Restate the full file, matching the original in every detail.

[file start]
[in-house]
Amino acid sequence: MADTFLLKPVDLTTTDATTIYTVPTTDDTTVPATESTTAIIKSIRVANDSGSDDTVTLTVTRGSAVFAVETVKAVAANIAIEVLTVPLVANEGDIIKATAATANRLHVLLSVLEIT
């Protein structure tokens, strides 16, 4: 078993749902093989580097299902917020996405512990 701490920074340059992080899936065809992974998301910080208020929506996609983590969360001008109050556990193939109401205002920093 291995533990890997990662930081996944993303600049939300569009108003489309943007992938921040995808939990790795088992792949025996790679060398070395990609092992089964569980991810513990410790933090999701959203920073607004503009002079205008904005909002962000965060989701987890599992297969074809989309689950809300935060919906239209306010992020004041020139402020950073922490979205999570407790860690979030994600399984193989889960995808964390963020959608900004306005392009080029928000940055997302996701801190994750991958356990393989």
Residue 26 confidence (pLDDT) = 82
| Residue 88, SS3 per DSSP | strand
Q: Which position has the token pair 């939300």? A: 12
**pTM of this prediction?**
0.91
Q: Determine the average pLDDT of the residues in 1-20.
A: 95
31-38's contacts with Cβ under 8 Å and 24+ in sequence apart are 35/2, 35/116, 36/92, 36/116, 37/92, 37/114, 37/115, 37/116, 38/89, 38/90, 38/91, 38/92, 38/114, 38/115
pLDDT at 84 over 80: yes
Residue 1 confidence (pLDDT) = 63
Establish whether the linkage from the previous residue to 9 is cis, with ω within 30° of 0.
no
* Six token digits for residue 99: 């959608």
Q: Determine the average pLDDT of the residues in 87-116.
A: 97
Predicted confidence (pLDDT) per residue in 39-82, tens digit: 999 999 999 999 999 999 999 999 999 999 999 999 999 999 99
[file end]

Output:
[in-house]
Amino acid sequence: MADTFLLKPVDLTTTDATTIYTVPTTDDTTVPATESTTAIIKSIRVANDSGSDDTVTLTVTRGSAVFAVETVKAVAANIAIEVLTVPLVANEGDIIKATAATANRLHVLLSVLEIT
């Protein structure tokens, strides 16, 4: 078993749902093989580097299902917020996405512990 701490920074340059992080899936065809992974998301910080208020929506996609983590969360001008109050556990193939109401205002920093 291995533990890997990662930081996944993303600049939300569009108003489309943007992938921040995808939990790795088992792949025996790679060398070395990609092992089964569980991810513990410790933090999701959203920073607004503009002079205008904005909002962000965060989701987890599992297969074809989309689950809300935060919906239209306010992020004041020139402020950073922490979205999570407790860690979030994600399984193989889960995808964390963020959608900004306005392009080029928000940055997302996701801190994750991958356990393989």
Residue 26 confidence (pLDDT) = 82
| Residue 88, SS3 per DSSP | strand
Q: Which position has the token pair 């939300």? A: 12
**pTM of this prediction?**
0.91
Q: Determine the average pLDDT of the residues in 1-20.
A: 95
31-38's contacts with Cβ under 8 Å and 24+ in sequence apart are 35/2, 35/116, 36/92, 36/116, 37/92, 37/114, 37/115, 37/116, 38/89, 38/90, 38/91, 38/92, 38/114, 38/115
pLDDT at 84 over 80: yes
Residue 1 confidence (pLDDT) = 63
Establish whether the linkage from the previous residue to 9 is cis, with ω within 30° of 0.
no
* Six token digits for residue 99: 């959608």
Q: Determine the average pLDDT of the residues in 87-116.
A: 97
Predicted confidence (pLDDT) per residue in 39-82, tens digit: 999 999 999 999 999 999 999 999 999 999 999 999 999 999 99